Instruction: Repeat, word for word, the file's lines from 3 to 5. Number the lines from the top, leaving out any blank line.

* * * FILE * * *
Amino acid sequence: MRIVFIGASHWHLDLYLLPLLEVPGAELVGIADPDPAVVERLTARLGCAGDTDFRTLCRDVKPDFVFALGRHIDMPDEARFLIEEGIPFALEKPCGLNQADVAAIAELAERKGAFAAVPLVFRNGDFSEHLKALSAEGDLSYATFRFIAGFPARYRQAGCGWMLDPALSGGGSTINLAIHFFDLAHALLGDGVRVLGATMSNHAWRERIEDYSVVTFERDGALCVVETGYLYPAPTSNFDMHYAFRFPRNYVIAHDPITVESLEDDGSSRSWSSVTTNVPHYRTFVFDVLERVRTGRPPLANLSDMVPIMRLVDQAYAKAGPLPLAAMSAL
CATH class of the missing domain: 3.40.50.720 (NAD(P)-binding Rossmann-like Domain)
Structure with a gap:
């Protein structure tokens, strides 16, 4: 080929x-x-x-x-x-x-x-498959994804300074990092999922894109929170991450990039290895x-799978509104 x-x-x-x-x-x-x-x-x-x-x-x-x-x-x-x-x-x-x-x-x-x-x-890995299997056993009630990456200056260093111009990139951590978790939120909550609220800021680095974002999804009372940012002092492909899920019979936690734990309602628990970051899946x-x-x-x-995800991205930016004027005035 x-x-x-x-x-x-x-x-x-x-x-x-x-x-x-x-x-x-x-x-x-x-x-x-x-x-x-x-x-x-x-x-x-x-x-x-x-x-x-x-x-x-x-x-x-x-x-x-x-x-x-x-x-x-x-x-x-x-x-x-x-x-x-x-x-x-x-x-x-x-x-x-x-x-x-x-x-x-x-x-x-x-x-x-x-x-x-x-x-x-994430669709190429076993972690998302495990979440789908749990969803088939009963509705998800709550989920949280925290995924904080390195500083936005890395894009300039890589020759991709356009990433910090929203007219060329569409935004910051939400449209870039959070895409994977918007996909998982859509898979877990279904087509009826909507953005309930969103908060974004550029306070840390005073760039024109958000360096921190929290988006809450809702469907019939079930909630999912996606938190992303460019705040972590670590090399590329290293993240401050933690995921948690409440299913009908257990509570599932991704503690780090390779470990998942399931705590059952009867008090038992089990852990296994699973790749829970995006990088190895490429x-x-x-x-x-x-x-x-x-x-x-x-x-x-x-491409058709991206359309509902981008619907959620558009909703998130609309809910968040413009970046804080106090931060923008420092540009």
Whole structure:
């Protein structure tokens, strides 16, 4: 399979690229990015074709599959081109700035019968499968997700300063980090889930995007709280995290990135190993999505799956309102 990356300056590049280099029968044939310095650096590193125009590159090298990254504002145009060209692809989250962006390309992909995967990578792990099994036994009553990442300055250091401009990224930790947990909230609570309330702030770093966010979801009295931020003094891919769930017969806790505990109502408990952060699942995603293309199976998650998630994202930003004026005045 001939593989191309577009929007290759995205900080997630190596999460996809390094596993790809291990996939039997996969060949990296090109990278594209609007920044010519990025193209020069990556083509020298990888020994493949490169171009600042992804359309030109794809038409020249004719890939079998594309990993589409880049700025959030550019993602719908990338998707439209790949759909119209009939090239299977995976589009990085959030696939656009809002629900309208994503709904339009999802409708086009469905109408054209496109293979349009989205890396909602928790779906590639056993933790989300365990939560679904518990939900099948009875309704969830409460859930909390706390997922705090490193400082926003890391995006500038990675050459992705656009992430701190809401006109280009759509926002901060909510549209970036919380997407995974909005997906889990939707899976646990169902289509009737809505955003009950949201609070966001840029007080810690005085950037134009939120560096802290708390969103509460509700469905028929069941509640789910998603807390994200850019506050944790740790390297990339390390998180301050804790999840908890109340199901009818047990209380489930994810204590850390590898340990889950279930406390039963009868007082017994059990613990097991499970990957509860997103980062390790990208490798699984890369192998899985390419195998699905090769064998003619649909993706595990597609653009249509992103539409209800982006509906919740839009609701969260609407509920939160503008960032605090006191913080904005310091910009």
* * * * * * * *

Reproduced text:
Structure with a gap:
């Protein structure tokens, strides 16, 4: 080929x-x-x-x-x-x-x-498959994804300074990092999922894109929170991450990039290895x-799978509104 x-x-x-x-x-x-x-x-x-x-x-x-x-x-x-x-x-x-x-x-x-x-x-890995299997056993009630990456200056260093111009990139951590978790939120909550609220800021680095974002999804009372940012002092492909899920019979936690734990309602628990970051899946x-x-x-x-995800991205930016004027005035 x-x-x-x-x-x-x-x-x-x-x-x-x-x-x-x-x-x-x-x-x-x-x-x-x-x-x-x-x-x-x-x-x-x-x-x-x-x-x-x-x-x-x-x-x-x-x-x-x-x-x-x-x-x-x-x-x-x-x-x-x-x-x-x-x-x-x-x-x-x-x-x-x-x-x-x-x-x-x-x-x-x-x-x-x-x-x-x-x-x-994430669709190429076993972690998302495990979440789908749990969803088939009963509705998800709550989920949280925290995924904080390195500083936005890395894009300039890589020759991709356009990433910090929203007219060329569409935004910051939400449209870039959070895409994977918007996909998982859509898979877990279904087509009826909507953005309930969103908060974004550029306070840390005073760039024109958000360096921190929290988006809450809702469907019939079930909630999912996606938190992303460019705040972590670590090399590329290293993240401050933690995921948690409440299913009908257990509570599932991704503690780090390779470990998942399931705590059952009867008090038992089990852990296994699973790749829970995006990088190895490429x-x-x-x-x-x-x-x-x-x-x-x-x-x-x-491409058709991206359309509902981008619907959620558009909703998130609309809910968040413009970046804080106090931060923008420092540009």
Whole structure: